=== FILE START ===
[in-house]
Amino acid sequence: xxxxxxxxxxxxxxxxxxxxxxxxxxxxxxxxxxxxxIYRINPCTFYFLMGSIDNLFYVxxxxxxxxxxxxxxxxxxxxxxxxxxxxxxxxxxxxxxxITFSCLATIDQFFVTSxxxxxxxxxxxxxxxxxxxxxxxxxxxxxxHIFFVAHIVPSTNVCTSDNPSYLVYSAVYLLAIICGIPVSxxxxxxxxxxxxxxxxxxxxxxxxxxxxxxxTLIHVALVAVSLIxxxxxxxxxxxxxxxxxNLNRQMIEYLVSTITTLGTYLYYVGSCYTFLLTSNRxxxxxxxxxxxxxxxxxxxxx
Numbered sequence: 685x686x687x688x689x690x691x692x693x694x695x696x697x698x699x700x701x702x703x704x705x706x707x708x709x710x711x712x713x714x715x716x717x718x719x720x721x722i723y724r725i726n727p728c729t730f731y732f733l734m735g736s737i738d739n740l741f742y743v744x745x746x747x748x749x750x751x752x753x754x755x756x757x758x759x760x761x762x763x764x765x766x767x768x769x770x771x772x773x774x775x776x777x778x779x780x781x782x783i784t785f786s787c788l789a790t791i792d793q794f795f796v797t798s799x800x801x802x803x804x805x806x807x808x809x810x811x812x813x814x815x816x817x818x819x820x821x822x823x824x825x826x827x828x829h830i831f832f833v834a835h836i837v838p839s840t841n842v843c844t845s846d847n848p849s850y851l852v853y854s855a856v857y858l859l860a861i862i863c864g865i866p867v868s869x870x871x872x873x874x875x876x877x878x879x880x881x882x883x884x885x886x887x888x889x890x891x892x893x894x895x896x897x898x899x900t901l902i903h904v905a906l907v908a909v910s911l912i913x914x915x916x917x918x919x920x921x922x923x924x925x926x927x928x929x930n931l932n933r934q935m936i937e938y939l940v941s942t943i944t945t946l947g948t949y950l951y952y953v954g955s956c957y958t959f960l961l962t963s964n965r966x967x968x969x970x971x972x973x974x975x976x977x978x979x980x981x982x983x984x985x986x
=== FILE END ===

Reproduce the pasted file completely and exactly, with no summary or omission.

[in-house]
Amino acid sequence: xxxxxxxxxxxxxxxxxxxxxxxxxxxxxxxxxxxxxIYRINPCTFYFLMGSIDNLFYVxxxxxxxxxxxxxxxxxxxxxxxxxxxxxxxxxxxxxxxITFSCLATIDQFFVTSxxxxxxxxxxxxxxxxxxxxxxxxxxxxxxHIFFVAHIVPSTNVCTSDNPSYLVYSAVYLLAIICGIPVSxxxxxxxxxxxxxxxxxxxxxxxxxxxxxxxTLIHVALVAVSLIxxxxxxxxxxxxxxxxxNLNRQMIEYLVSTITTLGTYLYYVGSCYTFLLTSNRxxxxxxxxxxxxxxxxxxxxx
Numbered sequence: 685x686x687x688x689x690x691x692x693x694x695x696x697x698x699x700x701x702x703x704x705x706x707x708x709x710x711x712x713x714x715x716x717x718x719x720x721x722i723y724r725i726n727p728c729t730f731y732f733l734m735g736s737i738d739n740l741f742y743v744x745x746x747x748x749x750x751x752x753x754x755x756x757x758x759x760x761x762x763x764x765x766x767x768x769x770x771x772x773x774x775x776x777x778x779x780x781x782x783i784t785f786s787c788l789a790t791i792d793q794f795f796v797t798s799x800x801x802x803x804x805x806x807x808x809x810x811x812x813x814x815x816x817x818x819x820x821x822x823x824x825x826x827x828x829h830i831f832f833v834a835h836i837v838p839s840t841n842v843c844t845s846d847n848p849s850y851l852v853y854s855a856v857y858l859l860a861i862i863c864g865i866p867v868s869x870x871x872x873x874x875x876x877x878x879x880x881x882x883x884x885x886x887x888x889x890x891x892x893x894x895x896x897x898x899x900t901l902i903h904v905a906l907v908a909v910s911l912i913x914x915x916x917x918x919x920x921x922x923x924x925x926x927x928x929x930n931l932n933r934q935m936i937e938y939l940v941s942t943i944t945t946l947g948t949y950l951y952y953v954g955s956c957y958t959f960l961l962t963s964n965r966x967x968x969x970x971x972x973x974x975x976x977x978x979x980x981x982x983x984x985x986x